Pope Francis lays down the law on child sex abuse on Vatican grounds
July 11, 2013 -- Updated 1937 GMT (0337 HKT)
Pope Francis on a recent trip to Lampedusa island in Italy on July 8, 2013.
- NEW: Abuse victims advocacy group dismisses the law as a "feel good gesture"
- Any form of child pornography is also forbidden under pope's new initiative
- The new laws include other measures to ensure humane behavior by church officials
- They are part of an update to the Vatican's legal system started by Pope Benedict XVI
Rome (CNN) -- Pope Francis has laid down a law making it a crime to abuse children sexually or physically on Vatican grounds, the Holy See announced Thursday.
The acts were already crimes under church law, but are now specifically outlawed within the Vatican city-state, which is home to hundreds of people.
The legislation also covers child prostitution and the creation or possession of child pornography.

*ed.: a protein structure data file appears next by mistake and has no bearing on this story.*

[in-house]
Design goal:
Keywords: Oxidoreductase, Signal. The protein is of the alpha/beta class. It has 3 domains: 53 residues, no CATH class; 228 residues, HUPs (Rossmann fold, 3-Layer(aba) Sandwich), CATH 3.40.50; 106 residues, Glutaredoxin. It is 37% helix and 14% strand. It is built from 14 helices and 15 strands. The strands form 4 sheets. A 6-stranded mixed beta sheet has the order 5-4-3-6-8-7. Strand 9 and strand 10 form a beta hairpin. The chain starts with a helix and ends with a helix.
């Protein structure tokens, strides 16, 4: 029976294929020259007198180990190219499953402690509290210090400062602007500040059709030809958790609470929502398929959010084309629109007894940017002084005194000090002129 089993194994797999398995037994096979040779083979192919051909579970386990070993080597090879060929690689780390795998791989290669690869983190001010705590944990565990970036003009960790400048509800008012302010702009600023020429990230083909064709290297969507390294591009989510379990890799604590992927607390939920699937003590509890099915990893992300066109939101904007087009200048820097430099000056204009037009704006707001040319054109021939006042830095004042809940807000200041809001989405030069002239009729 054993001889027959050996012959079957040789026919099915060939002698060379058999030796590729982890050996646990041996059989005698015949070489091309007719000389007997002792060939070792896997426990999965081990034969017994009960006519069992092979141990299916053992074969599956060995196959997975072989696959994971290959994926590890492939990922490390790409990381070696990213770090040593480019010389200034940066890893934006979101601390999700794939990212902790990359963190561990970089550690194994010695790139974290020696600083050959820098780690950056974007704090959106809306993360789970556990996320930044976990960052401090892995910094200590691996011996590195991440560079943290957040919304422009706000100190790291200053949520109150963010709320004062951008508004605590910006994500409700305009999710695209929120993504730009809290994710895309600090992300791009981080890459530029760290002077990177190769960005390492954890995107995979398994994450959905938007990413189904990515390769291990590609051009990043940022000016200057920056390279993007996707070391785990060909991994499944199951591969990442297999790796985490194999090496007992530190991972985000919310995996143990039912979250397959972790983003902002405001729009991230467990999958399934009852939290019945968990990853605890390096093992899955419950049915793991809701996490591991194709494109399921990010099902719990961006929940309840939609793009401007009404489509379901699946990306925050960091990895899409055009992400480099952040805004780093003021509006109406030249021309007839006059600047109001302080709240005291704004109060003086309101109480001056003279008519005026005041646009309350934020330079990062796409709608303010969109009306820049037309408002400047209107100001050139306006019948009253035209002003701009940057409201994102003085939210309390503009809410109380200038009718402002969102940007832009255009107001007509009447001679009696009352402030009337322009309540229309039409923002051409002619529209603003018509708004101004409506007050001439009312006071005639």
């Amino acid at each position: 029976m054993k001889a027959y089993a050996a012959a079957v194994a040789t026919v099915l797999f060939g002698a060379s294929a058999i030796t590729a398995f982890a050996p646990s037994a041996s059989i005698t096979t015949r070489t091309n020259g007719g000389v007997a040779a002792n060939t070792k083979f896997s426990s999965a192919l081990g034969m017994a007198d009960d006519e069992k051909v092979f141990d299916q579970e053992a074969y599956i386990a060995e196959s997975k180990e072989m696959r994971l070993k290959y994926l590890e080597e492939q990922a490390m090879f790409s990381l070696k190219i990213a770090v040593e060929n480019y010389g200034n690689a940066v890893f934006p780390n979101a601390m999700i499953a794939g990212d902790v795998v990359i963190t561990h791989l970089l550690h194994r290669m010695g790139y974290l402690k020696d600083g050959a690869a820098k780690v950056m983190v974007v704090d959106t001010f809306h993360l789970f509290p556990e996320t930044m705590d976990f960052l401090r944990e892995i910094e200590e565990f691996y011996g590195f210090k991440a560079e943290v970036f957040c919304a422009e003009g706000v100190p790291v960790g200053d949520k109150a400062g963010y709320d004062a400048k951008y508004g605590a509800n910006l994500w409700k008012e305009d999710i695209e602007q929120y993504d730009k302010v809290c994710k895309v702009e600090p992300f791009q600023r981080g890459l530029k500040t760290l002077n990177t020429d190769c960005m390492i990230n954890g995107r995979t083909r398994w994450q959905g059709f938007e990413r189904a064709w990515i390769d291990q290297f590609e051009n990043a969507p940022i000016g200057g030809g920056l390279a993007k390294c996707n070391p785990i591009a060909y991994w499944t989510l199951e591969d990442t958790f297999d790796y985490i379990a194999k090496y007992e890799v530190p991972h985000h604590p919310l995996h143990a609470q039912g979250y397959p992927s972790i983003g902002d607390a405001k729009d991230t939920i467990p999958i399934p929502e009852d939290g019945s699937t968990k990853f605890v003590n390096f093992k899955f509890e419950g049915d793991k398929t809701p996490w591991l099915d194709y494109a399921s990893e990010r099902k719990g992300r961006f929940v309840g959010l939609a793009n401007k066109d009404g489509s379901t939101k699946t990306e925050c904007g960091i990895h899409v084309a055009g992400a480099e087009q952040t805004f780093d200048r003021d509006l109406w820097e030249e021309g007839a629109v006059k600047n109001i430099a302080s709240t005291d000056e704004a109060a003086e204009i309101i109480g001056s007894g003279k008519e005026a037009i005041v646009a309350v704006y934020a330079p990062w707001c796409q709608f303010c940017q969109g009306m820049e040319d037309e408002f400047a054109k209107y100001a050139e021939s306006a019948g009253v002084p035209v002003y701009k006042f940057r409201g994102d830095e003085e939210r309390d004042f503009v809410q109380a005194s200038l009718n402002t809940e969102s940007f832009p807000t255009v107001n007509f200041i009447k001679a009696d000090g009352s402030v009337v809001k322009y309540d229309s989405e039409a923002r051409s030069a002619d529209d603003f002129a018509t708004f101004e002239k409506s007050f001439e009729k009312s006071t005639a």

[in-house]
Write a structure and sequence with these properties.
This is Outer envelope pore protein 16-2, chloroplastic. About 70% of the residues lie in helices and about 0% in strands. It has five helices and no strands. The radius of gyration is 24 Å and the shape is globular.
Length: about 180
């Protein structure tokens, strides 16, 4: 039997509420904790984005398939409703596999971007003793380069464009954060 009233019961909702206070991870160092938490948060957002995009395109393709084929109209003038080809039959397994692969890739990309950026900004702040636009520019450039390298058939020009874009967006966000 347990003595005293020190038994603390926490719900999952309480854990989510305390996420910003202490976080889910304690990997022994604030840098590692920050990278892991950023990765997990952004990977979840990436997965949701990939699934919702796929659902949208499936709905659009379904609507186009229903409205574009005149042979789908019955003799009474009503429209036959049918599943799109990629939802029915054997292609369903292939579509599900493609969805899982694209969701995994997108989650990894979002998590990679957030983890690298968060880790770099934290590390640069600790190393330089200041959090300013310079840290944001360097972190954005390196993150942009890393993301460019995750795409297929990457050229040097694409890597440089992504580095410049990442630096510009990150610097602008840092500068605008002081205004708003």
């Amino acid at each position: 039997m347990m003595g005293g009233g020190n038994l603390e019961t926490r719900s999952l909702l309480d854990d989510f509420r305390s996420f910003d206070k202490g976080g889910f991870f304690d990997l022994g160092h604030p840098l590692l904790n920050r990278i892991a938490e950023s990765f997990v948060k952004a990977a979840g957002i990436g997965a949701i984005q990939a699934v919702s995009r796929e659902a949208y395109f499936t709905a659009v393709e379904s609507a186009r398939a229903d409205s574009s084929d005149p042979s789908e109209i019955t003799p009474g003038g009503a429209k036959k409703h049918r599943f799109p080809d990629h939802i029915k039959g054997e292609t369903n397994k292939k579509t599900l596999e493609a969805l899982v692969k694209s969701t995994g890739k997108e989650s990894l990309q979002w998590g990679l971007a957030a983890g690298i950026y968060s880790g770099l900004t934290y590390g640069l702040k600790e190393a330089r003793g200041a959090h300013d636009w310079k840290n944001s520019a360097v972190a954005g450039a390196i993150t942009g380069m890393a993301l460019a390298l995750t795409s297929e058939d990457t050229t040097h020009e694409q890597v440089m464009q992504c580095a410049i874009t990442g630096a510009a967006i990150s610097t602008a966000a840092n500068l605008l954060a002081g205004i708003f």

But it has a "broader scope," according to Radio Vatican.
Pope's first trip shuns pageantry
It adds provisions of international laws against war crimes, racial discrimination and humiliating treatment or punishment to the Vatican's legal system.
It includes wording from the Geneva Conventions.
Francis issued the new laws as a "moto proprio," meaning that the document was his own initiative, Vatican Radio said.
The new criminal laws are part of an ongoing update of the Vatican's legal system, which began under Pope Benedict XVI.
The Survivors Network of those Abused by Priests, a U.S. advocacy group for victims of abuse by priests and other clergy, dismissed the law as "a feel good gesture."
"For the Vatican's image, this is a successful move. For children's safety, this is another setback ... because it will help foster the false impression of reform and will lead to more complacency," said SNAP director David Clohessy in a written statement. "The church hierarchy doesn't need new rules on abuse. It needs to follow long-established secular laws on abuse. And it needs to push for, not oppose, real reforms to archaic, predator-friendly secular laws (like the statute of limitations)."
In April: Pope tells Vatican to 'act decisively' sex abuse cases
CNN's Hada Messia reported from Rome; Ben Brumfield wrote in Atlanta.
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